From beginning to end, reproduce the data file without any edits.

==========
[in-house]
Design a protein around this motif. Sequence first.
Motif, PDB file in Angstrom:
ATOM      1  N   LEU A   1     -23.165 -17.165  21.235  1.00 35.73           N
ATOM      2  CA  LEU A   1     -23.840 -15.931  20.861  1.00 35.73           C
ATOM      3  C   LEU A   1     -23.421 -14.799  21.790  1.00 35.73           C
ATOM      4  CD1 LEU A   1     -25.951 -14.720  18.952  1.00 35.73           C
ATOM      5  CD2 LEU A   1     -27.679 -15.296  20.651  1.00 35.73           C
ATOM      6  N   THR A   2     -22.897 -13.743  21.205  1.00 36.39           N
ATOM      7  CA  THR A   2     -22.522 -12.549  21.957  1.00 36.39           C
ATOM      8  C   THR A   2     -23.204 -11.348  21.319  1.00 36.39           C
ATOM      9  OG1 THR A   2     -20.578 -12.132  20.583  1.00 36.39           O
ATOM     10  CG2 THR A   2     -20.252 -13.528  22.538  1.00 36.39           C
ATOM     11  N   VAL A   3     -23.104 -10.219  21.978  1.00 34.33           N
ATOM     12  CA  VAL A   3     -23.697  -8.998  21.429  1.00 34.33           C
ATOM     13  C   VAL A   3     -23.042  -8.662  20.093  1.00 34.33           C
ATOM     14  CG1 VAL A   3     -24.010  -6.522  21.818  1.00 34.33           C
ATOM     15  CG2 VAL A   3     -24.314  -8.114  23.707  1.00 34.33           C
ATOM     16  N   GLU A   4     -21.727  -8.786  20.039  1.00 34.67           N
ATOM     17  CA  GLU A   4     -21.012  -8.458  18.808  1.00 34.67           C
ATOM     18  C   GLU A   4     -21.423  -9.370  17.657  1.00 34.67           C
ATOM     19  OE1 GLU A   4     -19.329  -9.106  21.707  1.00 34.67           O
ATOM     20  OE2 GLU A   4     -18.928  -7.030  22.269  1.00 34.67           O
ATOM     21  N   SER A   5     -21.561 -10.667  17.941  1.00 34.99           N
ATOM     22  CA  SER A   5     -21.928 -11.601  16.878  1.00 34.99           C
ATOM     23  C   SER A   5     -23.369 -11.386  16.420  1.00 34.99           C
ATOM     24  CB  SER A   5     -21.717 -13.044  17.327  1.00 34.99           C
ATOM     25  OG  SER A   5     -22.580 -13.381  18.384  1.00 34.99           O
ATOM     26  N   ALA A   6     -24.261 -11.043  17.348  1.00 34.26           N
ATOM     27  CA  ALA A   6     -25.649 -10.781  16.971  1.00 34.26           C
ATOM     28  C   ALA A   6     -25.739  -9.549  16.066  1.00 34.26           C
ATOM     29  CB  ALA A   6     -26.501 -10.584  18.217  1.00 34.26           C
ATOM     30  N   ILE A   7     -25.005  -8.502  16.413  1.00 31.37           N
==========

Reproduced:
[in-house]
Design a protein around this motif. Sequence first.
Motif, PDB file in Angstrom:
ATOM      1  N   LEU A   1     -23.165 -17.165  21.235  1.00 35.73           N
ATOM      2  CA  LEU A   1     -23.840 -15.931  20.861  1.00 35.73           C
ATOM      3  C   LEU A   1     -23.421 -14.799  21.790  1.00 35.73           C
ATOM      4  CD1 LEU A   1     -25.951 -14.720  18.952  1.00 35.73           C
ATOM      5  CD2 LEU A   1     -27.679 -15.296  20.651  1.00 35.73           C
ATOM      6  N   THR A   2     -22.897 -13.743  21.205  1.00 36.39           N
ATOM      7  CA  THR A   2     -22.522 -12.549  21.957  1.00 36.39           C
ATOM      8  C   THR A   2     -23.204 -11.348  21.319  1.00 36.39           C
ATOM      9  OG1 THR A   2     -20.578 -12.132  20.583  1.00 36.39           O
ATOM     10  CG2 THR A   2     -20.252 -13.528  22.538  1.00 36.39           C
ATOM     11  N   VAL A   3     -23.104 -10.219  21.978  1.00 34.33           N
ATOM     12  CA  VAL A   3     -23.697  -8.998  21.429  1.00 34.33           C
ATOM     13  C   VAL A   3     -23.042  -8.662  20.093  1.00 34.33           C
ATOM     14  CG1 VAL A   3     -24.010  -6.522  21.818  1.00 34.33           C
ATOM     15  CG2 VAL A   3     -24.314  -8.114  23.707  1.00 34.33           C
ATOM     16  N   GLU A   4     -21.727  -8.786  20.039  1.00 34.67           N
ATOM     17  CA  GLU A   4     -21.012  -8.458  18.808  1.00 34.67           C
ATOM     18  C   GLU A   4     -21.423  -9.370  17.657  1.00 34.67           C
ATOM     19  OE1 GLU A   4     -19.329  -9.106  21.707  1.00 34.67           O
ATOM     20  OE2 GLU A   4     -18.928  -7.030  22.269  1.00 34.67           O
ATOM     21  N   SER A   5     -21.561 -10.667  17.941  1.00 34.99           N
ATOM     22  CA  SER A   5     -21.928 -11.601  16.878  1.00 34.99           C
ATOM     23  C   SER A   5     -23.369 -11.386  16.420  1.00 34.99           C
ATOM     24  CB  SER A   5     -21.717 -13.044  17.327  1.00 34.99           C
ATOM     25  OG  SER A   5     -22.580 -13.381  18.384  1.00 34.99           O
ATOM     26  N   ALA A   6     -24.261 -11.043  17.348  1.00 34.26           N
ATOM     27  CA  ALA A   6     -25.649 -10.781  16.971  1.00 34.26           C
ATOM     28  C   ALA A   6     -25.739  -9.549  16.066  1.00 34.26           C
ATOM     29  CB  ALA A   6     -26.501 -10.584  18.217  1.00 34.26           C
ATOM     30  N   ILE A   7     -25.005  -8.502  16.413  1.00 31.37           N